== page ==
Ambition Withdraw

Ambition Withdraw
Starring The Unsatisfied
Released 2002 (New Planet Pictures)

Ambition Withdraw is the story of a little band from Chattanooga, Tennessee called The Unsatisfied and their singer/mastermind Eric Scealf.
The film was shot over a 15 year span, with a limited budget of $2000, showing the band evolve from garage-punk to glam and back to straight-ahead punk. Musically
they sound a lot like Iggy Pop & the Stooges, and have some interesting tunes (as well as song titles!). The movie is a
“tale of sorrow, woe, disillusionment and disenchantment.”

  At first you have to wonder if the band is for real, with what comes across as a low budget music video of Eric running through a graveyard.
These “fantasy footage” scenes would pop-up throughout the documentary, and are the worst part of the film, as burning oneself in a coffin or smashing a TV while wearing angel wings
come across as sad attempts to shock. But thankfully after the first fantasy fiasco with get to see inside of Eric for the first time. He is dead-on as he roasts
artists such as G.G. Allin and Marilyn Manson who he feels try and make ridiculous what he holds scared, and that they offer no merit to art and music.
Eric definitely won me over with those feelings, and it showed how seriously he takes his craft–and all of this while shoveling shit at his day job!!

  The remaining members of the band seem as down to Earth as any rock star can be, and offer some funny moments. Such as guitarist Johnny Stockman explaining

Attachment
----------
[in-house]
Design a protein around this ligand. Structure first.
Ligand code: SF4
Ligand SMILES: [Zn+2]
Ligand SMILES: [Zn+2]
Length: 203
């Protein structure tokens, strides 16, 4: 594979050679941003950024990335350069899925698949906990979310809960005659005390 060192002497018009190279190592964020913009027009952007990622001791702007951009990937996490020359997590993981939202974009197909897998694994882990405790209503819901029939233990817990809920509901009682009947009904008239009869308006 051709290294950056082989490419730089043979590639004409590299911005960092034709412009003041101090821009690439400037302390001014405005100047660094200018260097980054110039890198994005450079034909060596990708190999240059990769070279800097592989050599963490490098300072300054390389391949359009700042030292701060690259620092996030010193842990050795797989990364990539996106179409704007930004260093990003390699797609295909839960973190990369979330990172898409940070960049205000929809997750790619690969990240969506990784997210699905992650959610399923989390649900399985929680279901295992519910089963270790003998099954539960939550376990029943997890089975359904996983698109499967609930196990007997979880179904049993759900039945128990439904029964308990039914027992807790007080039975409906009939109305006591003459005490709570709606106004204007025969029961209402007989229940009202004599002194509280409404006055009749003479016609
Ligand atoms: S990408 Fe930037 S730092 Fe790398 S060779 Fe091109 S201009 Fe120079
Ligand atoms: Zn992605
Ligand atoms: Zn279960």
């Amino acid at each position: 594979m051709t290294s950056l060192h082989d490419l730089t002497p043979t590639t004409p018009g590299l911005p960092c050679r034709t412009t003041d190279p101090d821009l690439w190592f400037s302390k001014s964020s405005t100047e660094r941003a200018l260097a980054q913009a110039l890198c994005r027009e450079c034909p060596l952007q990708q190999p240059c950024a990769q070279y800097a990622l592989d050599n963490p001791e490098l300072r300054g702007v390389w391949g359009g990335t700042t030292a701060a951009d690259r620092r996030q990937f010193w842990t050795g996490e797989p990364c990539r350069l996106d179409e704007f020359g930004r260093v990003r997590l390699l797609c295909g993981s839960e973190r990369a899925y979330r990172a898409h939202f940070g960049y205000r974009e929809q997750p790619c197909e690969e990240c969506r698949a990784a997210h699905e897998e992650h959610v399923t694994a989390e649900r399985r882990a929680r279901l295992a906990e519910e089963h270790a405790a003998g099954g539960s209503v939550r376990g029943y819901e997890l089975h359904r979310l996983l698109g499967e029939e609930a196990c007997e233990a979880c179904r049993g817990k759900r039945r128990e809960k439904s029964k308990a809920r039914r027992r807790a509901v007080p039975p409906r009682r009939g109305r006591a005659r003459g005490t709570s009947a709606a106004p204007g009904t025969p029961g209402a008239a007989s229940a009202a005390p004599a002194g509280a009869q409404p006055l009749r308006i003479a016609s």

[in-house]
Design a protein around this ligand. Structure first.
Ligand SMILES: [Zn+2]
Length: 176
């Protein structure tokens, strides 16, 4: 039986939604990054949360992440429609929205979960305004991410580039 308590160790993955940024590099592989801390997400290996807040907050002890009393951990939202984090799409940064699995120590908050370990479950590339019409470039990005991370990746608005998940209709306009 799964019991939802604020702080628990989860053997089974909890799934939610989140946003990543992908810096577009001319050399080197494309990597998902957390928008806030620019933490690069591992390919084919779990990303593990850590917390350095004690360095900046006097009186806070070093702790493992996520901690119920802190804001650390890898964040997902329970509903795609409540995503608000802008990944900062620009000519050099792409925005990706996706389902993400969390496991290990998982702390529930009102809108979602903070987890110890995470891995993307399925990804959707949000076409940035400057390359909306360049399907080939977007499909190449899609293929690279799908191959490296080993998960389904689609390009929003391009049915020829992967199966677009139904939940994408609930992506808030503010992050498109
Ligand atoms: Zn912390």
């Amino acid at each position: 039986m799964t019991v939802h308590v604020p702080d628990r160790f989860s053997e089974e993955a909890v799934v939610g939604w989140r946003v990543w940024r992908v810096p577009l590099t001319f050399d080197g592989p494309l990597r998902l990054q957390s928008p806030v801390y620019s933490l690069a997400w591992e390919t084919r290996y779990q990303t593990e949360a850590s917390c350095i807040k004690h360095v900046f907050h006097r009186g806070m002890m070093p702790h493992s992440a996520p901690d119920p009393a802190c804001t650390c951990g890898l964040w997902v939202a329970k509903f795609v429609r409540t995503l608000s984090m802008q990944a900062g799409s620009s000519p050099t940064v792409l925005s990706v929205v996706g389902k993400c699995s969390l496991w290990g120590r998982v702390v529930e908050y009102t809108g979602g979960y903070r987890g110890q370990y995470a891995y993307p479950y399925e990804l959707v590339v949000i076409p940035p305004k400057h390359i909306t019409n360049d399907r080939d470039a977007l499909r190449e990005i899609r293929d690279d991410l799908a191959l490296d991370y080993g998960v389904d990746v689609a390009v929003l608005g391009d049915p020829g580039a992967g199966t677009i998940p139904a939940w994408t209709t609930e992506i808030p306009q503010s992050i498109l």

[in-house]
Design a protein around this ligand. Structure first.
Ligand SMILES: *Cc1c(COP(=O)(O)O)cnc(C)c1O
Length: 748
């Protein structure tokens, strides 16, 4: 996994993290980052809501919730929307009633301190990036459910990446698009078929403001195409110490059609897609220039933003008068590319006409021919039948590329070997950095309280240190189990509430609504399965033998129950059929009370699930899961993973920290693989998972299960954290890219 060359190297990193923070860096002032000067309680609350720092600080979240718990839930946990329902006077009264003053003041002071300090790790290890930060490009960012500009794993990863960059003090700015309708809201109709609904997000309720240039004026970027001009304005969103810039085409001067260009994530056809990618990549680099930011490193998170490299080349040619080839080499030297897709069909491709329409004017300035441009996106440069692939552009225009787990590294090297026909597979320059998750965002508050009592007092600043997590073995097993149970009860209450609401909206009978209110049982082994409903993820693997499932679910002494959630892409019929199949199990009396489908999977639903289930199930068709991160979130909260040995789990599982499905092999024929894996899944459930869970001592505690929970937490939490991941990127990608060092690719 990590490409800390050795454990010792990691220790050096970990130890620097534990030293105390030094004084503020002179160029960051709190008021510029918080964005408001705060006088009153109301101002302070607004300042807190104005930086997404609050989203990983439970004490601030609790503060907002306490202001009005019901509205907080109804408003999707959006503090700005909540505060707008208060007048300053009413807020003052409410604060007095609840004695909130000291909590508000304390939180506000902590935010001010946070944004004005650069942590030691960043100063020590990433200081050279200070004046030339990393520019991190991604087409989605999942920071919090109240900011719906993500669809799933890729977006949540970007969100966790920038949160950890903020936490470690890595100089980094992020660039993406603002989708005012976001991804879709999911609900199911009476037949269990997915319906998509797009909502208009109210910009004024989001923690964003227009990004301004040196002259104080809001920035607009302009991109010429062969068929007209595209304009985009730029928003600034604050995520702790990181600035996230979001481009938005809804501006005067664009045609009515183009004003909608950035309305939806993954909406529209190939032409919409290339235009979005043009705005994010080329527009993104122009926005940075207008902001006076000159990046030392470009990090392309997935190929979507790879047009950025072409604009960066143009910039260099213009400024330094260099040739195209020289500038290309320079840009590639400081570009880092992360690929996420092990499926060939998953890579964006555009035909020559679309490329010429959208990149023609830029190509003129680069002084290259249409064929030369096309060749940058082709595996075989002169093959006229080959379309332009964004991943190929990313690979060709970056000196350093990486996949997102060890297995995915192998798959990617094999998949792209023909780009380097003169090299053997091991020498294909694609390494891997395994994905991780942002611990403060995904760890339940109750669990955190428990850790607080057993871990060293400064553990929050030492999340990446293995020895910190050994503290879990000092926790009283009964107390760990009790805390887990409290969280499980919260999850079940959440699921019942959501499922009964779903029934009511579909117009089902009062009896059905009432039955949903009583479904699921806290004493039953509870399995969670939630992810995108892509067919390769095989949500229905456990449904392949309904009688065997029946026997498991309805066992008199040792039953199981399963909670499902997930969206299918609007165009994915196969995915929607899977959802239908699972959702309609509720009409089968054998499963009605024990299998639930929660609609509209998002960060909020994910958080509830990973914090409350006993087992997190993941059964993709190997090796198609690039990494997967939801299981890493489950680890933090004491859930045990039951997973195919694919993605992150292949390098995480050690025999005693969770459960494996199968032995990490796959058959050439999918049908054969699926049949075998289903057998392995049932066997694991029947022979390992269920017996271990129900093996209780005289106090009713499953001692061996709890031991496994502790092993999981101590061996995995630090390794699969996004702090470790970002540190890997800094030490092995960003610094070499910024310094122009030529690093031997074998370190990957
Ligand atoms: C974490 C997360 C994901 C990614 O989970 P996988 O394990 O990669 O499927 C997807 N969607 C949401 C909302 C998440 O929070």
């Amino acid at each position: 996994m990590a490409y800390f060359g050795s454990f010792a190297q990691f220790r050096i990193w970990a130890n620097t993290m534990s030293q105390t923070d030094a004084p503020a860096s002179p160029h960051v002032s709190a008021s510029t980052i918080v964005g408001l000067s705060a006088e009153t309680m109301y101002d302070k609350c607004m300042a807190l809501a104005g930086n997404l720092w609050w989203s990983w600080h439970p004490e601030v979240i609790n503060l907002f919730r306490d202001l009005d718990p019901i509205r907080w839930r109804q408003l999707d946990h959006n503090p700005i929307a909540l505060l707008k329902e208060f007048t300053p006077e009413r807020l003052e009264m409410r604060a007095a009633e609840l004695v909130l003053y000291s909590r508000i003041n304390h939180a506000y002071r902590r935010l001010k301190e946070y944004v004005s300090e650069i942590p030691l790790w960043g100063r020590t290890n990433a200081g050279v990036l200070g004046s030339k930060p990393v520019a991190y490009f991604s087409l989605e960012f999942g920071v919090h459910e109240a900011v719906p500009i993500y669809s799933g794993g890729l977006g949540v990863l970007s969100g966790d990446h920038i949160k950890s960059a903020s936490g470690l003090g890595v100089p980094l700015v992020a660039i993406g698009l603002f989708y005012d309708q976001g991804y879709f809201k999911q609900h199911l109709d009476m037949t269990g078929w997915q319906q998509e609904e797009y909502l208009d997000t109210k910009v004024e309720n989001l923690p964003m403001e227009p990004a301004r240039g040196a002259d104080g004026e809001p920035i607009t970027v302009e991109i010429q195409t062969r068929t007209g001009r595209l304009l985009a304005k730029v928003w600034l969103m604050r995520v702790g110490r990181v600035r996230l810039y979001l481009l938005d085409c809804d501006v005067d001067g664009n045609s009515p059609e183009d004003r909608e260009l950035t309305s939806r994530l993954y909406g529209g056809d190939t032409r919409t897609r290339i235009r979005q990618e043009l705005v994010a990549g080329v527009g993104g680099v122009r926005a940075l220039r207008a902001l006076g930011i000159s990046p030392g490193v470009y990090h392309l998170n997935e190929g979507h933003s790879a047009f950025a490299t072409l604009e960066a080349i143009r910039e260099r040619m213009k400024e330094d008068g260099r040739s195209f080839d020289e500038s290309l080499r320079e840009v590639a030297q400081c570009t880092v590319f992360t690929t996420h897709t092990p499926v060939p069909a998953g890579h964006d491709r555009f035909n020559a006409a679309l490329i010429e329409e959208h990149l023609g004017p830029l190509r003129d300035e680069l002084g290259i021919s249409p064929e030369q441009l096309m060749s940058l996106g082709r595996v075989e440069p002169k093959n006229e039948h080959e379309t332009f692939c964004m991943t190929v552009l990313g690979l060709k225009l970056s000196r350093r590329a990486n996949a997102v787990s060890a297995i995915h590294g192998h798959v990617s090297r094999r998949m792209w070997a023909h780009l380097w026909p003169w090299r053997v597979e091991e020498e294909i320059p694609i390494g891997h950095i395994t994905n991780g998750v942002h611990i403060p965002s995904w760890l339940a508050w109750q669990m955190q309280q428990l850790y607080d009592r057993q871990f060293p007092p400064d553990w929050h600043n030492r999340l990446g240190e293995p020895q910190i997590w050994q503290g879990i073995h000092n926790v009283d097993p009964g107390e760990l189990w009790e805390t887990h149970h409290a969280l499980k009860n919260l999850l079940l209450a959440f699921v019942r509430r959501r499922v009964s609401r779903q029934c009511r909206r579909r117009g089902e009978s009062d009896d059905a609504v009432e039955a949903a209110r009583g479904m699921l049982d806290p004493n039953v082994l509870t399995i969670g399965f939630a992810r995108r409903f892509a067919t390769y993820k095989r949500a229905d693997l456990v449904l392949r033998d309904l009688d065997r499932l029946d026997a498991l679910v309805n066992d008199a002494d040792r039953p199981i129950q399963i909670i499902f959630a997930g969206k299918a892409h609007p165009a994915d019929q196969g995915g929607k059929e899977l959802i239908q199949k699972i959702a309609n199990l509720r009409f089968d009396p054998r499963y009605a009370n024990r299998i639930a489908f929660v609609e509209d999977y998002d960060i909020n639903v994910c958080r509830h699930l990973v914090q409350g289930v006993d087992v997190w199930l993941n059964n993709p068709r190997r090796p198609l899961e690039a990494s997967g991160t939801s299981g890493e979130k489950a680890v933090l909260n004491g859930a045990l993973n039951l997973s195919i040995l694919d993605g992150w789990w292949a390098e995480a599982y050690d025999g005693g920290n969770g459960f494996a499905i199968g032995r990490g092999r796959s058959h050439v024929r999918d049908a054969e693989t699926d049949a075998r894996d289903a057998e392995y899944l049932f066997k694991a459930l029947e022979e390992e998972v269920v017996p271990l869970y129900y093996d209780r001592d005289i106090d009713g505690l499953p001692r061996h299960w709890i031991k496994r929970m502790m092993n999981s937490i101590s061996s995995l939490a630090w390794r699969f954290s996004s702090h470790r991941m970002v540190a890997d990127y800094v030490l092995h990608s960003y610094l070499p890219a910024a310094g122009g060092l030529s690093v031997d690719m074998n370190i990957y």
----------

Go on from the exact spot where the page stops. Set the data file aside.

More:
his electrocution from Eric‘s nipple, and bassist Damien believing that the entire band is gay–and perhaps even himself! The best part of the movie is the turmoil
that develops in the final minutes, as drummer Dave Schenk‘s alcohol abuse threatens to tear the band apart. My only complaint is, that after a career of over 15 years, there
should have been more footage like this. The inner demons of a band and in fighting always make for better reading/watching then your typical music video, and there just didn’t seem
to be enough of the “ugly” to satisfy.

  But overall you slowly begin to respect Eric and the band, and how they are willing to keep fighting to get some (or any) recognition. Perhaps opening for
The Misfits in November 2002 will satisfy them, but I have my doubts. Will the band ever make it big? Likely not, and the fact that Eric “doesn’t just want to make it, (he) wants it to kill him”
may prove to be prophetically true.

Reviewed by Skid for Sleaze Roxx, July 2003.

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